Ray Kurzweil kills

I think a long exposure (say, over 2 hours) to Ray Kurzweil could cause me to kill myself. I’ve just listened to and watched his talk from the Long Now (see my earlier post about this great organization) from Sept. 23rd, 2005. Luckily the presentation clocked in at just one hour and 42 minutes! Anyway, his depiction of the world places our generation of humans in such an instrumentalized (i.e. ‘made into a tool’), ‘constantly becoming’ position that I’m not left with much interest in being part of the ride. At the same time he’s quite convincing.

What projects could give me hope in the face of Kurzweil’s spiral (inwards or outwards, who cares?)?

1. ‘Virtual’ reality could still be designed now with a public basis (i.e. open-source citizenship). We could still avoid endless childish escapism. Ray doesn’t seem to have thought much about the value of public space, at least not in the terms I would encourage.

2. Space Travel: I now totally agree with Vernor Vinge’s point (also from a Long Now talk, partially in response to Kurzweil’s) that space travel is the best hope for continuing some kind of human-scaled (in space, time, intelligence) activity.

3. While Ray was talking, I gradually lost my fear of global warming. An article in this week’s Economist about using the earth’s magnetic field as a carbon dioxide ejector also helped. Basically the exponential increase in our computational capabilities would seem to far outpace the rapid rise in C02 emissions (both might be exponential, of course… and I notice that Kurzweil doesn’t show any graphs related to global warming, such as energy use mapped against computer speed — would love to see that one!).*

4. Creating ‘fiction’ (e.g. manga) that really traces out possible paths of our upscaling intelligence could be rewarding. At least, through analytical and projective tools, we could still talk about what was happening to us for a little while longer, we could still strive towards myth.

Some notes I took while listening (then elaborated a bit):

Public space is a parallel condition.

Kurzweil likens entering the singularity to hitting a black hole — we may not know when we’ve hit it. But to know you’re in the singularity, you’d have to just keep ‘pinging’ your condition and your past condition…. i.e. we need a series of tests for when we’ll be at the singularity. This might also be a worthwhile project for the stragglers of humanity.

“You can’t get rid of the bad parts without the good parts” — he’s quoting the Unabomber… “so get rid of all of it” (the Unabomber says) But will the dangers always be to humans? Yes, because we’ll be a part of the larger implications. Still, the dangers may be such that we have no reason to fear them…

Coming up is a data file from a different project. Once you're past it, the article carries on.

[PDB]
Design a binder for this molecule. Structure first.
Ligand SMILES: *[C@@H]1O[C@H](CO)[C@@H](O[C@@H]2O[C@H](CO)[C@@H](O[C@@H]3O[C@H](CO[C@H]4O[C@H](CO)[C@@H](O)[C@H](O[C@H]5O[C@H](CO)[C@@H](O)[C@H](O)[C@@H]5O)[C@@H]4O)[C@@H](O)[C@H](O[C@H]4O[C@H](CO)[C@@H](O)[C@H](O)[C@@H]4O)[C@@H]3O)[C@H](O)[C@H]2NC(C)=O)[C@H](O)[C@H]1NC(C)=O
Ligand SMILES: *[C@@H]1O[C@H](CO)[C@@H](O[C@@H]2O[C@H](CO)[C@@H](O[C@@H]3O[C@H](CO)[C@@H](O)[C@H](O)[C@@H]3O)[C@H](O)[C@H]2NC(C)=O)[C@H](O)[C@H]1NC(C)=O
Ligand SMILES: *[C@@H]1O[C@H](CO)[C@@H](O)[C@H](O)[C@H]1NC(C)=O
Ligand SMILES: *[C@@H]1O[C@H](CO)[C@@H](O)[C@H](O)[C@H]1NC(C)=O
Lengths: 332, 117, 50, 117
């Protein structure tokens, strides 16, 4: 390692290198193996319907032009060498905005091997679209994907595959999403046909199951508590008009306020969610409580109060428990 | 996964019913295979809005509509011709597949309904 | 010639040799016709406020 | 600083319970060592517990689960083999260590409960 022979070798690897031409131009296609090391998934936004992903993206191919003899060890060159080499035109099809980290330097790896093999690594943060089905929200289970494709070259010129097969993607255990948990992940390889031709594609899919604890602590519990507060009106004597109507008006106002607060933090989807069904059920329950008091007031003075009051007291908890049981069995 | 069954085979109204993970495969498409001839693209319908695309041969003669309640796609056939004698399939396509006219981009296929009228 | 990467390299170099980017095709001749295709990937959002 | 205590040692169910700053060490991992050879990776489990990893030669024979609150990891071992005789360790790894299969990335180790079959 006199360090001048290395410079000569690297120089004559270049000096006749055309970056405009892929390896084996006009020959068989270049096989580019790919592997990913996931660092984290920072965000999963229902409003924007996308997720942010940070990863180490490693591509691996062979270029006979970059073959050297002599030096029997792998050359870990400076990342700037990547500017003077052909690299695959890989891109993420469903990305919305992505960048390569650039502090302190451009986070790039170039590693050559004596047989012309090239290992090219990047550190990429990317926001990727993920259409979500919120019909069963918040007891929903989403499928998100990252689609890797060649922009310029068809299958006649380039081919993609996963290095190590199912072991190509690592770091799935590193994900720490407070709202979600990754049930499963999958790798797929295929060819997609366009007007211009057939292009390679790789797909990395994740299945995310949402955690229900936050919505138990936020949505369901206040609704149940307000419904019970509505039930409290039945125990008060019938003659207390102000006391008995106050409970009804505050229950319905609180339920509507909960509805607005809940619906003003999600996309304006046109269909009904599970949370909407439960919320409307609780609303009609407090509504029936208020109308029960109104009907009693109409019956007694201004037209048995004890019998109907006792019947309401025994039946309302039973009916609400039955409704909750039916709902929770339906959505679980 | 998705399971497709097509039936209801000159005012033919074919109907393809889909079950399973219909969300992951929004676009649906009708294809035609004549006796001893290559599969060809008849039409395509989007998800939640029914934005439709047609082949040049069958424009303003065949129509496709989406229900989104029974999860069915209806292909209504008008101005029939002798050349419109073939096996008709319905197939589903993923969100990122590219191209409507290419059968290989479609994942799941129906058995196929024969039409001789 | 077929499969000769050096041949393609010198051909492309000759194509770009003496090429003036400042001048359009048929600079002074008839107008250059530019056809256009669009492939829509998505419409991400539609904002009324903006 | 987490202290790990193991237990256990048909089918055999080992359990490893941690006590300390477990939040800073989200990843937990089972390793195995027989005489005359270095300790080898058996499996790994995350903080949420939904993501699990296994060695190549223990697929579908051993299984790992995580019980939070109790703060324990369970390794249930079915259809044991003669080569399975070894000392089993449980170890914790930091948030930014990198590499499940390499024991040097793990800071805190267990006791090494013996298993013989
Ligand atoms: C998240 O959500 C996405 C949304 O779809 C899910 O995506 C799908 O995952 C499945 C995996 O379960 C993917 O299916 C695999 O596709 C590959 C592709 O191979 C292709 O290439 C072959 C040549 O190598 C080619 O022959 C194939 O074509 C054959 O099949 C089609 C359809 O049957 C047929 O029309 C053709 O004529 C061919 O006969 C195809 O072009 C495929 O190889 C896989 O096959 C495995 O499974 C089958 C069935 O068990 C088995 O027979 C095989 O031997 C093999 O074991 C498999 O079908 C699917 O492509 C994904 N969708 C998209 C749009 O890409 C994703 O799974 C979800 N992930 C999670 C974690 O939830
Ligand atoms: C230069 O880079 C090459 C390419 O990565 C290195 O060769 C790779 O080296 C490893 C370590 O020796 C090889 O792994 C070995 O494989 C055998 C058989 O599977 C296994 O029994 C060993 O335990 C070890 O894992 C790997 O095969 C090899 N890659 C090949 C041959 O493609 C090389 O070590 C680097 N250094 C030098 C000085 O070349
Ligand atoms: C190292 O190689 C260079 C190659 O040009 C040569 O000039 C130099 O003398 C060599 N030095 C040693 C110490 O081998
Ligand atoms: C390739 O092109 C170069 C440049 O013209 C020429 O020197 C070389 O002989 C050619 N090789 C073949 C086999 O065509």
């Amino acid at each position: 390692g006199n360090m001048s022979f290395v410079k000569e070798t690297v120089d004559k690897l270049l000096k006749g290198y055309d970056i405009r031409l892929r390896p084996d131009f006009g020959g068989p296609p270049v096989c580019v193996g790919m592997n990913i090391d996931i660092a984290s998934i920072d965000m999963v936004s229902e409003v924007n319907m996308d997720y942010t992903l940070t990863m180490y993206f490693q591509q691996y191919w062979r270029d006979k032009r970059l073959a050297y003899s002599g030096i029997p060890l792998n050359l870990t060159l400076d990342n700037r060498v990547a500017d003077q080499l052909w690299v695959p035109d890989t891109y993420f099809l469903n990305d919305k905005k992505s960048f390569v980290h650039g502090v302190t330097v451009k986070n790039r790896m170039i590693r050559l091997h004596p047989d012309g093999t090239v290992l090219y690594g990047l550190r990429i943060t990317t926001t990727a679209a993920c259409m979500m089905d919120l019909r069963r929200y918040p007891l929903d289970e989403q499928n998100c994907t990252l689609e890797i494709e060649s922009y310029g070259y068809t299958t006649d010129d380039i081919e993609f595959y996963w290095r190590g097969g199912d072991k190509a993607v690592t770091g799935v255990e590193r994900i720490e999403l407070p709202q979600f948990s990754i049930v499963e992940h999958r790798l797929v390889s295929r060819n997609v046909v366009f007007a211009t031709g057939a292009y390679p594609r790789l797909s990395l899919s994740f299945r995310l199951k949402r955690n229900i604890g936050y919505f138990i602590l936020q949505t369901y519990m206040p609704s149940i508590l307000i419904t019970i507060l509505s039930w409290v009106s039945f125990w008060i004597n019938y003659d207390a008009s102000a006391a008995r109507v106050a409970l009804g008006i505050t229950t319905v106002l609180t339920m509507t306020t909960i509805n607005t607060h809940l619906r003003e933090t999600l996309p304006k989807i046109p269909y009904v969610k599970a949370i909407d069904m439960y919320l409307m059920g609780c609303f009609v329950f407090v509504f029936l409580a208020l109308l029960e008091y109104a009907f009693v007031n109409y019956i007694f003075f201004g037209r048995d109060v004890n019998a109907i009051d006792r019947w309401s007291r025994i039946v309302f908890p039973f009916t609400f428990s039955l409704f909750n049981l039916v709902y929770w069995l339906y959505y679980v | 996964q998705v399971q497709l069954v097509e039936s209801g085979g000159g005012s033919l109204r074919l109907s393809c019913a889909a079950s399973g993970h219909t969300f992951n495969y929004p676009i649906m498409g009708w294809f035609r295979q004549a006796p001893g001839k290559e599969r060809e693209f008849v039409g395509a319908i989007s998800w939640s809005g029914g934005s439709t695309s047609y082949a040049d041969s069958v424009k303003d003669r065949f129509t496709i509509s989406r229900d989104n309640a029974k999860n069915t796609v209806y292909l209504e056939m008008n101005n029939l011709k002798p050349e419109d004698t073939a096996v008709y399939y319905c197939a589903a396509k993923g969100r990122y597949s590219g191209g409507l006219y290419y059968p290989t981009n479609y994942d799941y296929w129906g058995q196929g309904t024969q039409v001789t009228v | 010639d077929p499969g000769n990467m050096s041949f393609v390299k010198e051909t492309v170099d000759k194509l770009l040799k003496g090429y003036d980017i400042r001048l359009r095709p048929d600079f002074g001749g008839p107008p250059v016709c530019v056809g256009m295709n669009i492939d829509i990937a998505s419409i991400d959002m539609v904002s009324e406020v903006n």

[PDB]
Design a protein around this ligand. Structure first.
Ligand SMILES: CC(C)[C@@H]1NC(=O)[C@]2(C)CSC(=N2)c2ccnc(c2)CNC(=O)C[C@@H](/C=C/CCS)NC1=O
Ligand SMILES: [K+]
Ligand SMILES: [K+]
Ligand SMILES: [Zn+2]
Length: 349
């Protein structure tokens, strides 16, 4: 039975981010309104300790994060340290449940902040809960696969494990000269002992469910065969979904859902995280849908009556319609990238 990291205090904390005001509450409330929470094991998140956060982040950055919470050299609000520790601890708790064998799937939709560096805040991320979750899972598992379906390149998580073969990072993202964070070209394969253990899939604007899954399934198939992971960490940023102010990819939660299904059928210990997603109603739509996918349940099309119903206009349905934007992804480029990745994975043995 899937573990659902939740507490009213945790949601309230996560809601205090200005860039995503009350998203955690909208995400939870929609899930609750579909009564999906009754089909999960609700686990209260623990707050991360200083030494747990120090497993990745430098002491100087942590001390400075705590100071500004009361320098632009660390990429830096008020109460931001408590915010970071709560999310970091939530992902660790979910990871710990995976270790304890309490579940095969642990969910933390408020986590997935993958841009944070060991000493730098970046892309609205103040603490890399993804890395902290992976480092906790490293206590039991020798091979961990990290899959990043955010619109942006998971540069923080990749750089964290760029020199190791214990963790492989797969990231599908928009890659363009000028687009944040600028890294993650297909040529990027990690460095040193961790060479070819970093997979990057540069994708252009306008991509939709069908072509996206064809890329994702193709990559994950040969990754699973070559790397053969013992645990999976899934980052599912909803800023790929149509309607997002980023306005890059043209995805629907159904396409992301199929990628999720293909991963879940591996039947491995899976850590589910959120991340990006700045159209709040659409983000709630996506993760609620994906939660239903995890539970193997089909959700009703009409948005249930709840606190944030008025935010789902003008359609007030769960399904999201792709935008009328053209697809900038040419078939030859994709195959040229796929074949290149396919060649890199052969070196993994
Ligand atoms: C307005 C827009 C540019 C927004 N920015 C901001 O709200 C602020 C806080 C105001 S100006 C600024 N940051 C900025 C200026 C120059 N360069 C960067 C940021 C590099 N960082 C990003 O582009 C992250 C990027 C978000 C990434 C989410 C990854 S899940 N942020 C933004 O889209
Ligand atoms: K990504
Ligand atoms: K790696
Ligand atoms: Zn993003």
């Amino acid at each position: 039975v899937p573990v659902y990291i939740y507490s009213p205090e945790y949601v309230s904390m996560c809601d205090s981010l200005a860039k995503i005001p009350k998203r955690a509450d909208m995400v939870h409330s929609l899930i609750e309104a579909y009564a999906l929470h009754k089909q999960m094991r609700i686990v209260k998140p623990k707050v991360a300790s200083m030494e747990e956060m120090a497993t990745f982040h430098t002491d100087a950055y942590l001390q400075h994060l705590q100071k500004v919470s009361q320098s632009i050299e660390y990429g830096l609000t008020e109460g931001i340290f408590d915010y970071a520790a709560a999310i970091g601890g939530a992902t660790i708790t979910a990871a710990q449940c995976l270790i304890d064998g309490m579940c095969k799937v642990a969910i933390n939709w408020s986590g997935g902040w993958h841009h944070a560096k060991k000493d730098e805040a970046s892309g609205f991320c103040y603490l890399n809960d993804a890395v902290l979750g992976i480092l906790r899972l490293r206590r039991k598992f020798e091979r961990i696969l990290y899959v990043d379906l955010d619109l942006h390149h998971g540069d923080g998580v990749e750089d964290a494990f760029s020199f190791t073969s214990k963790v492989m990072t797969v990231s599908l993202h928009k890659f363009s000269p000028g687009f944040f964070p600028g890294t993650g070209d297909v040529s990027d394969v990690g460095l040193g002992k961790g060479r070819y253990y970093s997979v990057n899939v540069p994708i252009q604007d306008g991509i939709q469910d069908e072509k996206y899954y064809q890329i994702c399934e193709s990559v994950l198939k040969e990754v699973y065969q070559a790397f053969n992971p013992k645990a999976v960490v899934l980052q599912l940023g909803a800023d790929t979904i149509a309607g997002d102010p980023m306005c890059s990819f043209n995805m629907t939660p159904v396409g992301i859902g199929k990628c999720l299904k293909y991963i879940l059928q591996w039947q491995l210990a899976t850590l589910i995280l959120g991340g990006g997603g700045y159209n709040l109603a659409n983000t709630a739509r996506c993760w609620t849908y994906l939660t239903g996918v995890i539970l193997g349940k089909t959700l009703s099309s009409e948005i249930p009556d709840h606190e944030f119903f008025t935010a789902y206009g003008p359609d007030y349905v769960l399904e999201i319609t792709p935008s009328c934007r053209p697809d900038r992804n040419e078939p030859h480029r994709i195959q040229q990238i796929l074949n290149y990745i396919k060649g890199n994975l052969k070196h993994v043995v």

Think of a fractal (e.g. Mandelbrot, which Kurzweil showed in his talk): perhaps humans are functions like this, where one or two variables are really ‘driving’, and the others just define the particular curvature of the ‘tail’. What I’m thinking of particularly is how our leisure activities (or, at least, the ones I really want to partake in) are usually ‘retro’, such as mountain climbing. We define our favorite leisure activities early in our lives, so, particularly for our generation — stuck in rapid change but without the enhanced/streamlined minds to adapt to it, we end up pursuing them our whole lives despite their increasing disconnection from the bulk of ‘reality’. They are completely ‘irrelevant’ to the driving functions of human ‘progress’ or whatever you want to call the upscaling of intelligence Kurzweil heralds.

But perhaps this is fine, in fact perhaps it is really in the nature of human and perhaps all intelligences to have ‘backwaters’, tails, otiose variables that just give character and inflect experience in a way that satisfies that particular intelligence. Going further still, might happiness, or what-have-you, really have to do with the extent to which you can engage the movement of the ‘larger’ variables in your life… i.e. make your tail matter to (or respond to?) other people, to the public realm, to larger currents?

But then what of the public realm? Where does parallelism enter into the fractal telescoping of intelligences? And so perhaps the great challenge for humanity (which we need to redefine in just this way) is to foster the development and interaction between parallel intelligences. Conversation rather than subjugation (i.e., really, just preserve or finally instate real democracy). Control the bubbling. Of course big bubbles do burst (the U.S. economy, perhaps, very shortly). Unfortunately the global techno-bubble will probably grow so large and far before it bursts that we’ll have no idea of the event when it happens. But also, perhaps it’s just perfect that in fifty years or more we may be killed absolutely suddenly and painlessly for reasons we don’t even have time to suspect. Perhaps, in fact, that is the very best would could hope for!